Areas of interest: Molecular evolution, Antimicrobial resistance, Bacterial adaptation


My long-term goal is to understand the relationship between genotypes and phenotypes in a meaningful context. To do this, I use a diverse range of high-throughput mutagenesis approaches to dissect the effect of mutations on molecular function and structure – such findings are particularly useful for addressing the following three key areas (summarized below).

1. Delineating the mutational effects on multiple RNA conformations


How do mutations affect RNA functions, especially those that are structurally dynamic? I recently showed in a dynamic self-splicing intron that mutations affecting the formation of multiple conformational states can be delineated effectively using deep mutational scanning (DMS). This approach has allowed the quantification of the mutational effects in a combinatorial manner, and critically, the construction of a fitness landscape for the self-splicing intron.


Keywords: Fitness landscape, genotype-phenotype relationships, deep mutational scanning, RNA, self-splicing intron


Key paper:

2. Improving weak secondary functions that mediate the emergence of novel phenotypes


Some enzymes are promiscuous; i.e. they are able to carry out secondary reactions in addition to the one they evolved to catalyze. How evolvable are these promiscuous enzymes, and to what extent do they affect organismal fitness? I have demonstrated in the past that enzyme promiscuity is important for bacterial adaptation to new environments. For some cofactor-dependent enzymes with weak promiscuous activities, a single substitution is sufficient to improve the secondary activities to near wildtype levels and to confer growth advantages to the bacterial host under selective conditions. On the whole, protein promiscuity appears to underpin many different metabolic and cellular innovations.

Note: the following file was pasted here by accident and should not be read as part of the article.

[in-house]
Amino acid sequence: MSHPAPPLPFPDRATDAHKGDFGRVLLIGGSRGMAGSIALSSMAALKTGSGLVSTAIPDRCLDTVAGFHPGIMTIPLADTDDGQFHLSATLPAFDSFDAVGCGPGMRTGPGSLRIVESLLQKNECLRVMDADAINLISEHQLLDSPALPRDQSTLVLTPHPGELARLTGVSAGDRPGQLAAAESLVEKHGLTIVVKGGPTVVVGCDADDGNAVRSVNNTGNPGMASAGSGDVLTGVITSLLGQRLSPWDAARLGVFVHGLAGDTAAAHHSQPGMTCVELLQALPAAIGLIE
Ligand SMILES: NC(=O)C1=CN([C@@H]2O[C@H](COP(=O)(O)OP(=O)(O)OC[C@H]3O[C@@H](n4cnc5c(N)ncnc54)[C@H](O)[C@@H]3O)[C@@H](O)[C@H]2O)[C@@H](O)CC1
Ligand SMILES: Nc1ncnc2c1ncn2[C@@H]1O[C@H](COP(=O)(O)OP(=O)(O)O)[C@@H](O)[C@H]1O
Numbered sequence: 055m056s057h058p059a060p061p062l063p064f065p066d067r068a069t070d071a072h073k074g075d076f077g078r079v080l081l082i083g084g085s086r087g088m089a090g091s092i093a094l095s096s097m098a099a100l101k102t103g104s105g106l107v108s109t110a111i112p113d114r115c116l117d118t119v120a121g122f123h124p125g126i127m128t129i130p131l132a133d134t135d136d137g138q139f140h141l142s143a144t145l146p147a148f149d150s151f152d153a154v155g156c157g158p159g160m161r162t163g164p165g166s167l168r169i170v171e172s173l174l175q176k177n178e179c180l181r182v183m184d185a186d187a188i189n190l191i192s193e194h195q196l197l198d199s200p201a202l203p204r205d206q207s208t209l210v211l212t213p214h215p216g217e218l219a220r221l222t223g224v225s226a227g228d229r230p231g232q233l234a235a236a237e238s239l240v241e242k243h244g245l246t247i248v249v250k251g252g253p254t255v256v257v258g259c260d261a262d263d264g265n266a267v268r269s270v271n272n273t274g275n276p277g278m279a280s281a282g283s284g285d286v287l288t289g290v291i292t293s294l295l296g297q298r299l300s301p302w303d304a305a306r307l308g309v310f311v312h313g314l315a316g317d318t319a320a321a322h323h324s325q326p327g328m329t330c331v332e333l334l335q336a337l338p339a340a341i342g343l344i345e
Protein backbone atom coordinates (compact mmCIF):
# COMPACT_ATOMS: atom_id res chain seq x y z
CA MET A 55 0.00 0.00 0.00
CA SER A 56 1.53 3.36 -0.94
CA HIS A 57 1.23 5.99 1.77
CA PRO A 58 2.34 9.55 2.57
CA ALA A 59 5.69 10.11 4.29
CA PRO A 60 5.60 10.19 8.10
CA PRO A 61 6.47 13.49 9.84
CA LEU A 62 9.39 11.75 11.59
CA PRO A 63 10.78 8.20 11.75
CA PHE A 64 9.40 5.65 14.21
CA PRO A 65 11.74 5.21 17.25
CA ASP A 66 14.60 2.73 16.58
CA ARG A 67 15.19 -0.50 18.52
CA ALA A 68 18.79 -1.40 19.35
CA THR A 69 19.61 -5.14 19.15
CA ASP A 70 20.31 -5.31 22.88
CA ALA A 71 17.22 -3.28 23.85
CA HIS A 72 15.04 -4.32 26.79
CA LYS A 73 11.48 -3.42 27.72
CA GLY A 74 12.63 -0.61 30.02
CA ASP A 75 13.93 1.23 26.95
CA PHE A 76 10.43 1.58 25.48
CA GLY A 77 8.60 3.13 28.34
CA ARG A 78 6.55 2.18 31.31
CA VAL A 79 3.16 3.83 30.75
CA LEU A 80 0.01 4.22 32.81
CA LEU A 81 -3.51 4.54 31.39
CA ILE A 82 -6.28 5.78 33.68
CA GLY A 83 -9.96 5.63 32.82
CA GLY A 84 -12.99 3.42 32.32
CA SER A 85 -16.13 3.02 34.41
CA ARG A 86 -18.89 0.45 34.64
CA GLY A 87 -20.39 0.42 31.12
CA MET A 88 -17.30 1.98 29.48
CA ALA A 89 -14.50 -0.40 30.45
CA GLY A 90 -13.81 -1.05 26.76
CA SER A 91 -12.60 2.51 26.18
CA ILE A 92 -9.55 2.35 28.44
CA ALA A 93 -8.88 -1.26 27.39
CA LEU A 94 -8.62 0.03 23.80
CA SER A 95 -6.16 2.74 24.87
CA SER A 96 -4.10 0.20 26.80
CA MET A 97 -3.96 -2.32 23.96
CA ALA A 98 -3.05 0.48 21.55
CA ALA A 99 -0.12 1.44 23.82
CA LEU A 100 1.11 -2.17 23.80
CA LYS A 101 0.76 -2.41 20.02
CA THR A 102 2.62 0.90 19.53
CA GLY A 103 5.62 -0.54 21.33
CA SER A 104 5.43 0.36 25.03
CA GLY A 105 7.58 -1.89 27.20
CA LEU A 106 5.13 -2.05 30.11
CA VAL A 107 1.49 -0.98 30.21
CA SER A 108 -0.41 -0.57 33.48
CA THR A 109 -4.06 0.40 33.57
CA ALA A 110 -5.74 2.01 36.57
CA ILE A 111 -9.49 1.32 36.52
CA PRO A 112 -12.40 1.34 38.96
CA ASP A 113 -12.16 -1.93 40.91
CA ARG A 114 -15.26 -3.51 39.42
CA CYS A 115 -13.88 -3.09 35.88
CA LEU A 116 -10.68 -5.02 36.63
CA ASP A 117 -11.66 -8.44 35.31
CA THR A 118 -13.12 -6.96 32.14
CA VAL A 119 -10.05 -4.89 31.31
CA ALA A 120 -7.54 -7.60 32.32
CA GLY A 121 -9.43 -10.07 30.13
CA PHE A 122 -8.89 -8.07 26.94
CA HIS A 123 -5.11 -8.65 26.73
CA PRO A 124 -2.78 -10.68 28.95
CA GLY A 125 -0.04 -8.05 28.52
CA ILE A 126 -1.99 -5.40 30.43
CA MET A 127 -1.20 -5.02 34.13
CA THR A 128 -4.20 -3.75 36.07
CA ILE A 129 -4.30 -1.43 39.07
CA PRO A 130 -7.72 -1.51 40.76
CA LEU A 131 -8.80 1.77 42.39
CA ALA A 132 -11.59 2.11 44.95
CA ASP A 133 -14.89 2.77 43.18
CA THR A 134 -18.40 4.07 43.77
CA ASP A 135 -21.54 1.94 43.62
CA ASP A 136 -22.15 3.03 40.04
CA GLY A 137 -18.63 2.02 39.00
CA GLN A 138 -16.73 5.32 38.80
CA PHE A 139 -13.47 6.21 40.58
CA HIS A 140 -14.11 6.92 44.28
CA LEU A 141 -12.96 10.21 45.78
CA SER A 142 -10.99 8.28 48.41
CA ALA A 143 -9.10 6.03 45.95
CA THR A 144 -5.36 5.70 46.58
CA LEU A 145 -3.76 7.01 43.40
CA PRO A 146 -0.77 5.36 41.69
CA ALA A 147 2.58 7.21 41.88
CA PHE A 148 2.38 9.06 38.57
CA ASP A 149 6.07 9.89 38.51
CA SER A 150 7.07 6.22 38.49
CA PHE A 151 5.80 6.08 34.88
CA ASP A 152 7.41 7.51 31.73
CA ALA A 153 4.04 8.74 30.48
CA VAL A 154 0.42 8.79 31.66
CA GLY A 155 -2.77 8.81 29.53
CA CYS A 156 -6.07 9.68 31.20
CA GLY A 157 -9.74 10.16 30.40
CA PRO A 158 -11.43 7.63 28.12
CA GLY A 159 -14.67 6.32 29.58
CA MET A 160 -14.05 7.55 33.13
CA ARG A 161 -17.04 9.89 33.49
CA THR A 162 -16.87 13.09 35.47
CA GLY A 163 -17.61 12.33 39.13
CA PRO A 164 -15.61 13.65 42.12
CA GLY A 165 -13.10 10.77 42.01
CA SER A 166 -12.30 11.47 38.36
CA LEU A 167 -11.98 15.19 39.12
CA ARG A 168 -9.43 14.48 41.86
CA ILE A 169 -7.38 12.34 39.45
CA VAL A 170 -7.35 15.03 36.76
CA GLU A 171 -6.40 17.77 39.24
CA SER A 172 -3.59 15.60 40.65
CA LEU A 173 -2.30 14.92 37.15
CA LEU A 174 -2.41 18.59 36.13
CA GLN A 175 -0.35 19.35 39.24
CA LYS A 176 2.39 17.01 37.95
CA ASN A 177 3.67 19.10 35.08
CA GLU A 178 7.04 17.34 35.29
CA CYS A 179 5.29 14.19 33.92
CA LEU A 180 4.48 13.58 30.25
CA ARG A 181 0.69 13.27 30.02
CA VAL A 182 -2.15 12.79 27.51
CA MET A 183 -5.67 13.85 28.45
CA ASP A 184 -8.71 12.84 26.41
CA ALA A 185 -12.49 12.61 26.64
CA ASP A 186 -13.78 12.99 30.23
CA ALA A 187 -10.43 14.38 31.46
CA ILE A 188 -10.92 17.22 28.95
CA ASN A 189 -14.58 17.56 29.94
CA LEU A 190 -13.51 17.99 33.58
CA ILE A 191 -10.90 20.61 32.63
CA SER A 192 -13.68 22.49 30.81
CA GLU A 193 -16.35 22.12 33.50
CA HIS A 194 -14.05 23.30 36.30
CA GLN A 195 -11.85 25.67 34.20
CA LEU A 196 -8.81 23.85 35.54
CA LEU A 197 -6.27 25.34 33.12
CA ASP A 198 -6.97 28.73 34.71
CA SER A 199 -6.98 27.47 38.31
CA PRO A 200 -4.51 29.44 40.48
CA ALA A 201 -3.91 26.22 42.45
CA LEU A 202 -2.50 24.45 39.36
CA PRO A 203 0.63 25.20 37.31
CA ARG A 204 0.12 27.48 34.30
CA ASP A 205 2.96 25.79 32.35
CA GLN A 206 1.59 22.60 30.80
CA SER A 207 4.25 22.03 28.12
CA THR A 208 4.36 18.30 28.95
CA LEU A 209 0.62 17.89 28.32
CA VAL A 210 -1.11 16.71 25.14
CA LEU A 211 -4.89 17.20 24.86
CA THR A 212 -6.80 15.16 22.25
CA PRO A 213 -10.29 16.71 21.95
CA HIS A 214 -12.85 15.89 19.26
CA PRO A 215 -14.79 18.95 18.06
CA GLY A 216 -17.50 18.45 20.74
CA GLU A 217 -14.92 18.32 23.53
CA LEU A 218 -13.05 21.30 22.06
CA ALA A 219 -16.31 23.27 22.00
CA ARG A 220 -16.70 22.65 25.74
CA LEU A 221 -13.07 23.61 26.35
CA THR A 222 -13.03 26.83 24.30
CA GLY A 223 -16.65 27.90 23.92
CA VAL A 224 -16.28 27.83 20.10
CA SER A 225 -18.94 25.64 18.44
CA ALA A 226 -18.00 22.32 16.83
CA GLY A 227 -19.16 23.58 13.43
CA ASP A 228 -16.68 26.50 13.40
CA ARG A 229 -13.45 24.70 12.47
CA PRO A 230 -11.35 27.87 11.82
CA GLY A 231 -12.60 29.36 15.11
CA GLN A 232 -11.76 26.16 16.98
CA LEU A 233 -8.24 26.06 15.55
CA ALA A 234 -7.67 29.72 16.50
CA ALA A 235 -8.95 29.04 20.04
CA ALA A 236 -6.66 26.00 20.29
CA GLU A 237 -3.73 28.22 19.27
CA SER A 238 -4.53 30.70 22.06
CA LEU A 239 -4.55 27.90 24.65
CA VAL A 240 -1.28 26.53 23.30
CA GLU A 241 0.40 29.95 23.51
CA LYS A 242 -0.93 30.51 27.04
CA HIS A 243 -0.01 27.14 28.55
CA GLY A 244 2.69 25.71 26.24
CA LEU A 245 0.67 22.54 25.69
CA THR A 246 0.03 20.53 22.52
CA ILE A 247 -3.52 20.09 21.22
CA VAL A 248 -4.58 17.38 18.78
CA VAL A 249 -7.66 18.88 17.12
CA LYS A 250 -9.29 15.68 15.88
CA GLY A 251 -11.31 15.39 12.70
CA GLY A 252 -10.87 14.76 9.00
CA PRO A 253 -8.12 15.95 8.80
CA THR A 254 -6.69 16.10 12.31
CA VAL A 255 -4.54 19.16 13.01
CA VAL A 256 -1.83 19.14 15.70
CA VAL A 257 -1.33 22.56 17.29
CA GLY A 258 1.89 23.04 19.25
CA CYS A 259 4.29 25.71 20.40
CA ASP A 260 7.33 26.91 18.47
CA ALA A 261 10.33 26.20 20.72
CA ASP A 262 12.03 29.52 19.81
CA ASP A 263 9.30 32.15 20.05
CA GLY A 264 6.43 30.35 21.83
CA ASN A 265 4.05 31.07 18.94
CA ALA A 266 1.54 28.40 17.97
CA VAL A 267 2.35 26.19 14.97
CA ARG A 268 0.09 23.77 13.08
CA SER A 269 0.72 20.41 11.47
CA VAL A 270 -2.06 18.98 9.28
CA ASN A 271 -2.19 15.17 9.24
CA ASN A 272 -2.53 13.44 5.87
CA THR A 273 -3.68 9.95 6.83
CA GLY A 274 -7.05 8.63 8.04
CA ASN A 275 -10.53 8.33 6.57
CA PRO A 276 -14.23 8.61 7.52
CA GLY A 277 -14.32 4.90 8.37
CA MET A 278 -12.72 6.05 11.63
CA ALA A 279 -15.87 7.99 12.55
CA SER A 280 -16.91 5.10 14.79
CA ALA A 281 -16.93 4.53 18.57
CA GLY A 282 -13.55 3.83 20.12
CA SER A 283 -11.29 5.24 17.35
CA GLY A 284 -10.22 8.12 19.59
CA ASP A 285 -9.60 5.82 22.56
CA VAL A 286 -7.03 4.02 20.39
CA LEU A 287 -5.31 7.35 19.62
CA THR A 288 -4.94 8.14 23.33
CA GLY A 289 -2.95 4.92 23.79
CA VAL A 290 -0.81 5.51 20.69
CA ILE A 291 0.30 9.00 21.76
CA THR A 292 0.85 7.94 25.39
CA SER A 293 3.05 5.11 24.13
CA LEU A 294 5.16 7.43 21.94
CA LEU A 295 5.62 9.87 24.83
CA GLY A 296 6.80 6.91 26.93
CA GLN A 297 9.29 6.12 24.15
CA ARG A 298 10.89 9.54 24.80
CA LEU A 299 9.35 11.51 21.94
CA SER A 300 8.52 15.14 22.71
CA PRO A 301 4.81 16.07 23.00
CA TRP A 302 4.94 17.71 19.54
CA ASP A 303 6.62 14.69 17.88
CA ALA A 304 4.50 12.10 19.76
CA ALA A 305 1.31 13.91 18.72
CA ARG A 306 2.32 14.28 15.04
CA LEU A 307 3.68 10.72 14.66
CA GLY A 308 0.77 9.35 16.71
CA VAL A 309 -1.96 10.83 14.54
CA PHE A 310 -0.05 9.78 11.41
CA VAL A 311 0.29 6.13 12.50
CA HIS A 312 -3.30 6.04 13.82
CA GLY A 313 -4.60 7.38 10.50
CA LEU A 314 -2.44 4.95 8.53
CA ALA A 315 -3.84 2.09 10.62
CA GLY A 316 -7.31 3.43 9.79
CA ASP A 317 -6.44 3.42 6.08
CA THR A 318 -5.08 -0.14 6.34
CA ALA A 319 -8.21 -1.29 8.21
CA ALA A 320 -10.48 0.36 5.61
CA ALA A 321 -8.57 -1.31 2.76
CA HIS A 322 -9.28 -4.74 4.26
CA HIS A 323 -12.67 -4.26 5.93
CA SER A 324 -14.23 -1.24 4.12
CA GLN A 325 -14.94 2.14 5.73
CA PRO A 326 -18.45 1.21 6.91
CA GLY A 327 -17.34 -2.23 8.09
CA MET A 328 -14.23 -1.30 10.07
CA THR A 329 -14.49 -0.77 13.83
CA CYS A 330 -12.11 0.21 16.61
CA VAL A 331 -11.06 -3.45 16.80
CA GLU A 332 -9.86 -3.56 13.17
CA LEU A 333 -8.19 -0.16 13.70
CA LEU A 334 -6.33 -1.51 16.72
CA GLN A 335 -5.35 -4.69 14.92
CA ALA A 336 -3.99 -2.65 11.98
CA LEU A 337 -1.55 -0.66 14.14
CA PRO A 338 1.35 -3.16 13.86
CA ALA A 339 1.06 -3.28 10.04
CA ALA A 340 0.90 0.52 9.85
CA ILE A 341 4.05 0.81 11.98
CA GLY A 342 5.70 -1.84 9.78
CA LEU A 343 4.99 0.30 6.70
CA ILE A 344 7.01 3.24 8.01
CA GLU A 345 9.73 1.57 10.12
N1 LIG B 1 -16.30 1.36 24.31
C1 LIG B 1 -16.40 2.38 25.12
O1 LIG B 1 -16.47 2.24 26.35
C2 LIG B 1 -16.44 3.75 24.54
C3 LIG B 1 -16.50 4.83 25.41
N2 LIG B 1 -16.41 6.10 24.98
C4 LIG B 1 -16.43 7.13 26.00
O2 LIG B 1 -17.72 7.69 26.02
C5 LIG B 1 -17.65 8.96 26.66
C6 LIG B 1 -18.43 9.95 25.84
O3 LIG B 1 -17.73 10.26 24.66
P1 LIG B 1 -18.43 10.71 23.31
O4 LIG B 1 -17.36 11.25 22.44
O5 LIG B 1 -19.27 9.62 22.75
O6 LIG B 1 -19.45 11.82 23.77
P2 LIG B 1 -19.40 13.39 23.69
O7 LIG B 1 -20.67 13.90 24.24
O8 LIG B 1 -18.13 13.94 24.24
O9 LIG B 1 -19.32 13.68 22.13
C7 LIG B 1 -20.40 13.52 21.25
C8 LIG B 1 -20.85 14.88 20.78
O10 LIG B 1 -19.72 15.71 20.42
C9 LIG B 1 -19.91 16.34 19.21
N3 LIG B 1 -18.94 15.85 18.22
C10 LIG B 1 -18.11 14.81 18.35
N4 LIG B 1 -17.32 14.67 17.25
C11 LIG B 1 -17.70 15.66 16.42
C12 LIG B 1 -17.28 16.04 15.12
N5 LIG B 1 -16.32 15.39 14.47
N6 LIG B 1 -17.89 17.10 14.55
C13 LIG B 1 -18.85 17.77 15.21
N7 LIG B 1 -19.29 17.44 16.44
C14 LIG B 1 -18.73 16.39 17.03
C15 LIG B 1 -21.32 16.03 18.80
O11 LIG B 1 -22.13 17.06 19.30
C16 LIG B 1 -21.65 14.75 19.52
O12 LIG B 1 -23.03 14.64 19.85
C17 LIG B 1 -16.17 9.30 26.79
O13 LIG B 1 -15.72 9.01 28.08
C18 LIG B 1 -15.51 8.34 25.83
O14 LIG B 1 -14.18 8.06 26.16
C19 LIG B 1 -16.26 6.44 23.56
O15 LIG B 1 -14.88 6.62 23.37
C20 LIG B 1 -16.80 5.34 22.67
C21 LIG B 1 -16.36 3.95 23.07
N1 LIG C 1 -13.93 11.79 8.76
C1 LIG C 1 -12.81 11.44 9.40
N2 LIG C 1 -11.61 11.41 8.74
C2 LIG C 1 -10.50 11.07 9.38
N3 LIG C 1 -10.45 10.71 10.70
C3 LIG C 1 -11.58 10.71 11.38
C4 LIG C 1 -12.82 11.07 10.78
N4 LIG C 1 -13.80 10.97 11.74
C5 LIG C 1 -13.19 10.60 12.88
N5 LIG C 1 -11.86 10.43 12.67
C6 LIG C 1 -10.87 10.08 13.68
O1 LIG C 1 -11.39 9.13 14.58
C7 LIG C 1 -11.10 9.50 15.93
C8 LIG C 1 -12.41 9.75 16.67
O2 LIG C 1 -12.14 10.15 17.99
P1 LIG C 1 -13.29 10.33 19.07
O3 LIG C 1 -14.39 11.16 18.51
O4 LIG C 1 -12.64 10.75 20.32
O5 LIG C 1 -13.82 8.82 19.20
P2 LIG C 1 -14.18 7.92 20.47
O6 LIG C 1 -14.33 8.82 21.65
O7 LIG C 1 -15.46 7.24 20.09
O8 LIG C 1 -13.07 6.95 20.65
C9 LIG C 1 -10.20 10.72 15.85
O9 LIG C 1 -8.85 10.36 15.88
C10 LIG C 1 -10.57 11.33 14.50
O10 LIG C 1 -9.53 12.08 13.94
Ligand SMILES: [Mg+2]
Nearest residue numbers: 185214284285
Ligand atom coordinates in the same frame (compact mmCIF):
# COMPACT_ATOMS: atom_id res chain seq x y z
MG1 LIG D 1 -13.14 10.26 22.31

Keywords: Protein promiscuity, secondary functions, metabolic plasticity, PLP-dependent enzymes


Key papers:

3. Modulating metabolic networks for bacterial adaptation


When bacteria are subjected to changing (and possibly adverse) environments, they often adapt by re-wiring their transcriptional and metabolic networks. I have investigated how mutations in some transcriptional regulators and toxin/antitoxin systems can modulate the molecular networks, which in turn affect the biofilm formation process in bacteria.


Keywords: Biofilm, transcriptional regulator, transcriptional networks, metabolic networks, toxin/antitoxin systems


Key papers:

For a complete list of my publications, see my record on Google Scholar, ORCID, and PubMed